• New registration and other stickers. Most states require some kind of annual sticker on the windshield or part of the hull, but the updated decal usually arrives in the mail during the winter and is easily forgotten. Go find it and put it on.

• Stuffing box. Check that things are as tight as necessary, corrosion and other potential issues are minimal, and the boat is ready to go. No matter whether it is a sailboat with a puny two-cylinder Yanmar diesel or a pair of 850hp Cats that can wake up the dead when started, the stuffing box is an important part of the drive train.

What’s that, you say!?! You can’t reach it? Seriously? Why did you buy a boat where something as important as the stuffing box is inaccessible?

repacking a stuffing box on sailboat

• Replace wiper blades. On powerboats, the front windshield often has a pair (or three or four) windscreen wipers for spray and rain. After a couple of years of weather and sun, the rubber blades deteriorate. They tend to be ignored until one day they are turned on and it is disheartening when the boat is covered with spray, yet the wipers are useless as the rubber blades have separated from the wiper arms.

This is a good thing to inspect each spring and replace when they are cracked or dry.

• Clean corrosion off battery terminals, terminal strips, connection blocks, coax fittings, and inside portable battery boxes for lights, etc. Anywhere moisture can exist is a likely spot to find corrosion, such as inside flybridge console cabinets and cockpit lockers. For superficial corrosion, use Q-tips with vinegar to clean off surface corrosion as from a leaking AA battery inside a flashlight. Use alcohol to rinse the area and you will be good as new.

• Go through your tool bag(s) to begin the new season with your basic tools. You don’t need to lug around the soldering iron from a project last August, or the hose clamps and tool, heavy wrenches, and other non-essentials used for special tasks. And you did replace the batteries in the tool bag flashlight, right?

• Inspect split rings and cotter pins, especially in lifelines and rigging turnbuckles. A few minutes looking closely at such small but important hardware ensures you catch the one that is halfway off, snagged in the shrink wrap or twisted line. Much better to find and fix these at the dock instead of finding loose pins and rings on the deck when you are under way.

• Check for burned out lightbulbs in all light fixtures, especially exterior navigation and steaming lighting. If any require replacement, it will force you to review your spare lightbulb inventory, also a good thing. The cost and variety of LED bulbs today makes switching to LED an easy proposition on every older boat.

• Bilge pumps and marine heads are operational. The consequences of these devices not working are unpleasant no matter when or where. Much better to check and/or service them before the boating season gets going. It is far less stressful to work on them sitting quietly in your slip.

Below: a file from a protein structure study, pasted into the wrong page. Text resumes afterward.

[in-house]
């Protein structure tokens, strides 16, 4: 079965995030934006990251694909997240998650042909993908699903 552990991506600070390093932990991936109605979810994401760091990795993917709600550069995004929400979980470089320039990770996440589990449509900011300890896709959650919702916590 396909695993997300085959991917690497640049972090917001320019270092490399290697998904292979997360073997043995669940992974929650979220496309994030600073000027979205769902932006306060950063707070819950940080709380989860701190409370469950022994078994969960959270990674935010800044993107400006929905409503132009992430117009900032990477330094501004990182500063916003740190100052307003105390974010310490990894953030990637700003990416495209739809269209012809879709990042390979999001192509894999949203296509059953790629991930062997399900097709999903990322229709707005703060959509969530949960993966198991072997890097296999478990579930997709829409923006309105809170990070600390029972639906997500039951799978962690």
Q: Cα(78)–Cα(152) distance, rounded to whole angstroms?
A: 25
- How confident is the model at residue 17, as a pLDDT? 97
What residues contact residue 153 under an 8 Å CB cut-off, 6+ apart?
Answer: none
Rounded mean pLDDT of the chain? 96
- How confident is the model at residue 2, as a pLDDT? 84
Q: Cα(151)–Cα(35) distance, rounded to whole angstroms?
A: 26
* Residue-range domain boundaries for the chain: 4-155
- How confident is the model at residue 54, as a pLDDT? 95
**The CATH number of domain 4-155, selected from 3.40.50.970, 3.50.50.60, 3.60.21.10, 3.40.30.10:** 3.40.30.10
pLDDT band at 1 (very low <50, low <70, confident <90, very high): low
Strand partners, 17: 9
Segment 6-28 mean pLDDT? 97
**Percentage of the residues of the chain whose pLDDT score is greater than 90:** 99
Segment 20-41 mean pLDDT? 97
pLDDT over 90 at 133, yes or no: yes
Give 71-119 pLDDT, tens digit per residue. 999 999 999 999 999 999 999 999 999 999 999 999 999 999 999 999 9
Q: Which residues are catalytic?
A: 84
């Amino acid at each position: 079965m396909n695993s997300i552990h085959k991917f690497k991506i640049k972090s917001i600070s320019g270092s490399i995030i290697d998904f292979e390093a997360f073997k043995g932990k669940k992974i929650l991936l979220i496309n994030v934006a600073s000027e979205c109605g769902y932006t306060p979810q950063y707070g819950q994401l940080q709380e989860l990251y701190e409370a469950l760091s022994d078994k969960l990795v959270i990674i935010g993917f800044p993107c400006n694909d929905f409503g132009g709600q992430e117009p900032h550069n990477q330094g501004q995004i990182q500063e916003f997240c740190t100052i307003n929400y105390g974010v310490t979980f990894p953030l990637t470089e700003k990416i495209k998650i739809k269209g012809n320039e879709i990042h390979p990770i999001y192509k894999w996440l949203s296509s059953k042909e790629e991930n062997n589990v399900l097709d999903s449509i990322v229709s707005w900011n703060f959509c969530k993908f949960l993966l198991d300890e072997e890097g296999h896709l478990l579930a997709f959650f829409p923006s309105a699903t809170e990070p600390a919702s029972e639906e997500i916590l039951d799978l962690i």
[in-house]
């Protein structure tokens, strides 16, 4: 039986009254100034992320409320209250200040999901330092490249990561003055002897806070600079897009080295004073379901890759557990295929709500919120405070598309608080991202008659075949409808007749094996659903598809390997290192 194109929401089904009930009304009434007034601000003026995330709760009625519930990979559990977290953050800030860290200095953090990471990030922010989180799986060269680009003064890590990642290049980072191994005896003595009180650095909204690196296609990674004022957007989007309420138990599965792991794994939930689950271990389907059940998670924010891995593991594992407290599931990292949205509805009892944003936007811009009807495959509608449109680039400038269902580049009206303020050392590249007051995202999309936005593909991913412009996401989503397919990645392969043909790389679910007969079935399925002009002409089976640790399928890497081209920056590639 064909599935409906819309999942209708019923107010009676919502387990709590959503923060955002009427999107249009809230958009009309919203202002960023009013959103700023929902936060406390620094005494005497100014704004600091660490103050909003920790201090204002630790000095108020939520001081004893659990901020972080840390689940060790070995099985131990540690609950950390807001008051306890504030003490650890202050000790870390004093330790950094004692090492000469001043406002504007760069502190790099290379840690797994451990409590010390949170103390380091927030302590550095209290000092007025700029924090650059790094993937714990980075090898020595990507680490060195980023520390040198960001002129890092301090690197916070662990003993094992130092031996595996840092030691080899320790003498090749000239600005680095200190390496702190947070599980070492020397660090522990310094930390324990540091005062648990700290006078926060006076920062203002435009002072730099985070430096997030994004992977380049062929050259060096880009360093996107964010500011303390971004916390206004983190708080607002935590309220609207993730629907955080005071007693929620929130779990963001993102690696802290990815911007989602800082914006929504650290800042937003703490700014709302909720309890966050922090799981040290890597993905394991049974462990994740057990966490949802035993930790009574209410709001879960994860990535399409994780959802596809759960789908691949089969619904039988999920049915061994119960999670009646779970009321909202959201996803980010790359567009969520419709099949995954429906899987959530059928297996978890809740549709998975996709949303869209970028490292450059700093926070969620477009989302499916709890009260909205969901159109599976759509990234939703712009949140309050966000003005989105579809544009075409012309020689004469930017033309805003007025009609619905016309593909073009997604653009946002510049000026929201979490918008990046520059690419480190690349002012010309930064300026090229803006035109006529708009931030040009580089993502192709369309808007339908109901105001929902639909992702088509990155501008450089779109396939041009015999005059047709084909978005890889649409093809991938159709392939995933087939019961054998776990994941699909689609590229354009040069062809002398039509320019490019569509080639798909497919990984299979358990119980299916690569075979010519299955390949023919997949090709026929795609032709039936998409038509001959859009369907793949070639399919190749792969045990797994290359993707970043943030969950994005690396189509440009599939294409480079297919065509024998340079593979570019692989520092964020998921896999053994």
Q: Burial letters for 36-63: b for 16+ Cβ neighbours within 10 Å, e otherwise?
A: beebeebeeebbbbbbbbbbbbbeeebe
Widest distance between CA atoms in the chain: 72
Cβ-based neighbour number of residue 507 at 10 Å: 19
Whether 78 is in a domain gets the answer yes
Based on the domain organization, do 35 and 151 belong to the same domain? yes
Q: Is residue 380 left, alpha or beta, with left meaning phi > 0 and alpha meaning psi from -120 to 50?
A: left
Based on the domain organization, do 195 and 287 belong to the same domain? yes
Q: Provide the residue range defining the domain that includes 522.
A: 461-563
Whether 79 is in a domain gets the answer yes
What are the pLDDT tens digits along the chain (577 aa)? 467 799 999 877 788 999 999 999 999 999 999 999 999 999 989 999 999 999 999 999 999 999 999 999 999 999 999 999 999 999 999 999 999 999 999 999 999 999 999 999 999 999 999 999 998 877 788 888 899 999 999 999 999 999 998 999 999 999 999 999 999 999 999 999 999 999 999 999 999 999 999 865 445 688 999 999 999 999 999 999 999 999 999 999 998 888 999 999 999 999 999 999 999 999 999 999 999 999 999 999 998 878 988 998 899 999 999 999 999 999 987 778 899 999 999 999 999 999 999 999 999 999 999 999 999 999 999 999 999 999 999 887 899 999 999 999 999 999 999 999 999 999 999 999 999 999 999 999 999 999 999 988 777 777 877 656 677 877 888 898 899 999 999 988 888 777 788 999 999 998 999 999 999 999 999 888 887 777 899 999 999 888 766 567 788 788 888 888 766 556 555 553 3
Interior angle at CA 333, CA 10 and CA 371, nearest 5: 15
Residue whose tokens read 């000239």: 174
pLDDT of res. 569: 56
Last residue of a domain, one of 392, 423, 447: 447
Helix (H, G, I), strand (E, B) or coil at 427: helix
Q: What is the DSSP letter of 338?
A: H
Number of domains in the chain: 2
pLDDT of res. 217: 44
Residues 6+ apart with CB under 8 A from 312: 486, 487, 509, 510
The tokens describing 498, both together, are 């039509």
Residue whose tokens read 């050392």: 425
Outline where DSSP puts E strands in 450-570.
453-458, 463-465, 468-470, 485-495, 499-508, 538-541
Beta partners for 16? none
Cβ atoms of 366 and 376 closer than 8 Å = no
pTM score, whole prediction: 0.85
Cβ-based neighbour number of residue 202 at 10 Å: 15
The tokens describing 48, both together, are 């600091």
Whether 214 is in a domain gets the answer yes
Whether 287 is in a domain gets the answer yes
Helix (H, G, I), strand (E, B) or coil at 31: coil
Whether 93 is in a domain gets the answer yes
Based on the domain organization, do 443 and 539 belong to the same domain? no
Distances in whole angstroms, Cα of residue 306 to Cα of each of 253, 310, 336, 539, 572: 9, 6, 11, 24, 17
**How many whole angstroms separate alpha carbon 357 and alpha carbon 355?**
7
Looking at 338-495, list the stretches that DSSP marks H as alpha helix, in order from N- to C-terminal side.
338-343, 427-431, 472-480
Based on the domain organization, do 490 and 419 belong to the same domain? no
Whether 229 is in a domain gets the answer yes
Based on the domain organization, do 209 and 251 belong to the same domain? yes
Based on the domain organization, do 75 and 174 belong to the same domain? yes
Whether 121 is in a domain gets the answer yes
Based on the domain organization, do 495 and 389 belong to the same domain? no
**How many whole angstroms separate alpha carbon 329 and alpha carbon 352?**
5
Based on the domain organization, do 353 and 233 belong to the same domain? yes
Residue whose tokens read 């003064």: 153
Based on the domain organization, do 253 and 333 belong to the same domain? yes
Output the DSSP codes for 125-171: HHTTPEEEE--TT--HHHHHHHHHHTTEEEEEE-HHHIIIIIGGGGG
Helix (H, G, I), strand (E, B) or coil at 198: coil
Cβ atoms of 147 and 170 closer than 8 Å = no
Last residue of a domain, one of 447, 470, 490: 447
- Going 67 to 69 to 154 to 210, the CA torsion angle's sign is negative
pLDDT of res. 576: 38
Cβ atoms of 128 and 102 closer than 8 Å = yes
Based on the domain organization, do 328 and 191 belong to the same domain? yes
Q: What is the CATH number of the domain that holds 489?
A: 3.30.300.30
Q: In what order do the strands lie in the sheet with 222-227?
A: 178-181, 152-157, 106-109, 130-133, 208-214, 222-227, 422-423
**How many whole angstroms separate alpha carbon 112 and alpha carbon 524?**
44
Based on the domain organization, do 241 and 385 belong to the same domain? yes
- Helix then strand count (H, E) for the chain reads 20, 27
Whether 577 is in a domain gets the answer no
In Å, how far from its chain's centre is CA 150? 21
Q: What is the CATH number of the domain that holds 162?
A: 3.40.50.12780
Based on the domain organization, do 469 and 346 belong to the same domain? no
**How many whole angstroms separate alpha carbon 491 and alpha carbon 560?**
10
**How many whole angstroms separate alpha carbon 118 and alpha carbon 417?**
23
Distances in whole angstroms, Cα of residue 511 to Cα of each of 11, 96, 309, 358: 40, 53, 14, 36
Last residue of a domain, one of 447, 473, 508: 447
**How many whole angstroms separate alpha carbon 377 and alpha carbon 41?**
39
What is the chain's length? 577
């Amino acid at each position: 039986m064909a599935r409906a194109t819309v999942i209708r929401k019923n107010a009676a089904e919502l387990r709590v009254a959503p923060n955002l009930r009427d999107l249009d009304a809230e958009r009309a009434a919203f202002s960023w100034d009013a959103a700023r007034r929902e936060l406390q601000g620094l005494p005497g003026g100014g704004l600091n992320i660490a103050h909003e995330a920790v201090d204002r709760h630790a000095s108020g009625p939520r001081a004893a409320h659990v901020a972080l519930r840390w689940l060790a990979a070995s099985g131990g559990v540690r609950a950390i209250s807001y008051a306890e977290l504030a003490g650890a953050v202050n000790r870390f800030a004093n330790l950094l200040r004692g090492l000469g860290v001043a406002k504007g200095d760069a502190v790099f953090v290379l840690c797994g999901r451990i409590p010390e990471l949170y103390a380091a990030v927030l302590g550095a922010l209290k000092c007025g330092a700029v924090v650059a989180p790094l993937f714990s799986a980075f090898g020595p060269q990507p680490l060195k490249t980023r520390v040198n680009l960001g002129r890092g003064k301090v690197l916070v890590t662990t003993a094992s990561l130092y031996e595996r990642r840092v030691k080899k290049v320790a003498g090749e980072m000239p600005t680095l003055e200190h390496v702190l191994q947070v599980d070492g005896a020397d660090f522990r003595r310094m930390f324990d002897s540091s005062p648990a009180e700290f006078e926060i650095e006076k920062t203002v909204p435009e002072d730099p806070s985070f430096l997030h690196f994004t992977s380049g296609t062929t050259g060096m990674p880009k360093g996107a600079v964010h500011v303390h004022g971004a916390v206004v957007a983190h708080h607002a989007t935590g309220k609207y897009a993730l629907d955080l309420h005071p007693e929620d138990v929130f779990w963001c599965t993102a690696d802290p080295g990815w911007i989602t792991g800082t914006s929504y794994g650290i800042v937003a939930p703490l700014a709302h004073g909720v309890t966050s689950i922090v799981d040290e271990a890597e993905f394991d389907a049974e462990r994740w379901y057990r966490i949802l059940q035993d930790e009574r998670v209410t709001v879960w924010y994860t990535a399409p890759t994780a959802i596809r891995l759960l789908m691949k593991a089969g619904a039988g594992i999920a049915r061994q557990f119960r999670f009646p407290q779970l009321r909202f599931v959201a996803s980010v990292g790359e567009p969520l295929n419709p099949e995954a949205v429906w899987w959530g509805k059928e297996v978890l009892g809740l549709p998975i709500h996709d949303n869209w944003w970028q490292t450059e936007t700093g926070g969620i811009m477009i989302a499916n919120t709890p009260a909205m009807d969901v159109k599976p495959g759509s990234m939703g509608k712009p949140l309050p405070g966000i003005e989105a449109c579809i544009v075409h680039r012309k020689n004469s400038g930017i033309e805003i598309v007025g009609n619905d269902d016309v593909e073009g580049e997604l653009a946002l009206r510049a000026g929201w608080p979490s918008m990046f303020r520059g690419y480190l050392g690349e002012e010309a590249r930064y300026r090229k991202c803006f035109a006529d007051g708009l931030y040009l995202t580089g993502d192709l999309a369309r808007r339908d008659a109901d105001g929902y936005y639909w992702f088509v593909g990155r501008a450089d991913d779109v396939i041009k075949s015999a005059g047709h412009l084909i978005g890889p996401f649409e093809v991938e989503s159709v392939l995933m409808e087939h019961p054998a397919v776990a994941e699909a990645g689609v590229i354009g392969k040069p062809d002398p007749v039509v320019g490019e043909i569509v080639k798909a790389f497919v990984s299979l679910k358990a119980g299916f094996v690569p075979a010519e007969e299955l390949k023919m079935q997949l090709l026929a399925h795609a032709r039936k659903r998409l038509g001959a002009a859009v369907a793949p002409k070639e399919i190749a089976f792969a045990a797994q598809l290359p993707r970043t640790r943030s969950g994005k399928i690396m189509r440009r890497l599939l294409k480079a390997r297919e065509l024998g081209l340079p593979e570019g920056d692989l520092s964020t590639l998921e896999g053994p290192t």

• VHF radio works, connections are clean, including mic and antenna. Check the radio setup is fully operational. JUST DON’T USE CHANNEL 16 FOR A RADIO CHECK!

• Exercise seacocks. This is really important advice, because it is a chance to reacquaint yourself with the location and accessibility to all your underwater fittings. If they are buried under piles of coiled lines, spare anchor chain, tool bags, water jugs, additional engine parts and oil, or anything else, now is a good time to move everything around so the seacocks are accessible.

And the other reason to exercise them (make sure they open and close freely) is that by doing so, you will find if one of your seacocks is closed where you expect it to be open. A friend’s engine guy closed a seacock after his service work (his standard procedure), but the friend always leaves it open and didn’t even think about it. It was expensive.

seacocks being exercised

• Age is not your friend on a boat. Inspect/tighten hose clamps for rust, and closely inspect all hoses, particularly if the boat is older than 10 years. Hoses do age and when you find small cracks or brittle hose it is a sure sign that replacement is necessary. Air leaks will come out of nowhere on older boats, yet those built overseas often used a combination of standard and metric hose and fittings. As the hose ages, even supposedly tight hose clamps are no longer enough to keep dissimilar sizes from leaking.

• Does hydraulic steering need fluid? Hydraulic fluid does not evaporate, so if the fluid level is significantly down in the reservoir, you have a leak somewhere. Find it and get it fixed, and top off the fluid reservoir if air bubbles finally worked out of the system, particularly on a new boat.

• Go through all lockers. Is there an open can of peanuts or bag of pretzels or Cheetos? They are no doubt stale. But if I’ve been working on the boat for hours and am slightly hungry...

As I mentioned earlier, there are detailed checklists for engine, generator, and HVAC, and each is worth more than a passing comment. Some owner manuals properly chart all service and maintenance to consider based on hours of use. This is invaluable information. But there is always more than what’s in a manual. Finding excessive belt dust in the engine room, for example, may be an alignment problem or from another issue. Very little is black and white on a boat.

I hope the above list will trigger some ideas from your own experience. Many owners find the satisfaction of boating includes anticipating these issues and solving them in time. So, it should feel good having a starting point as you get the boat ready for another season of boating adventure.

Good luck and hope to see you on the water. The itch for a new boat is back.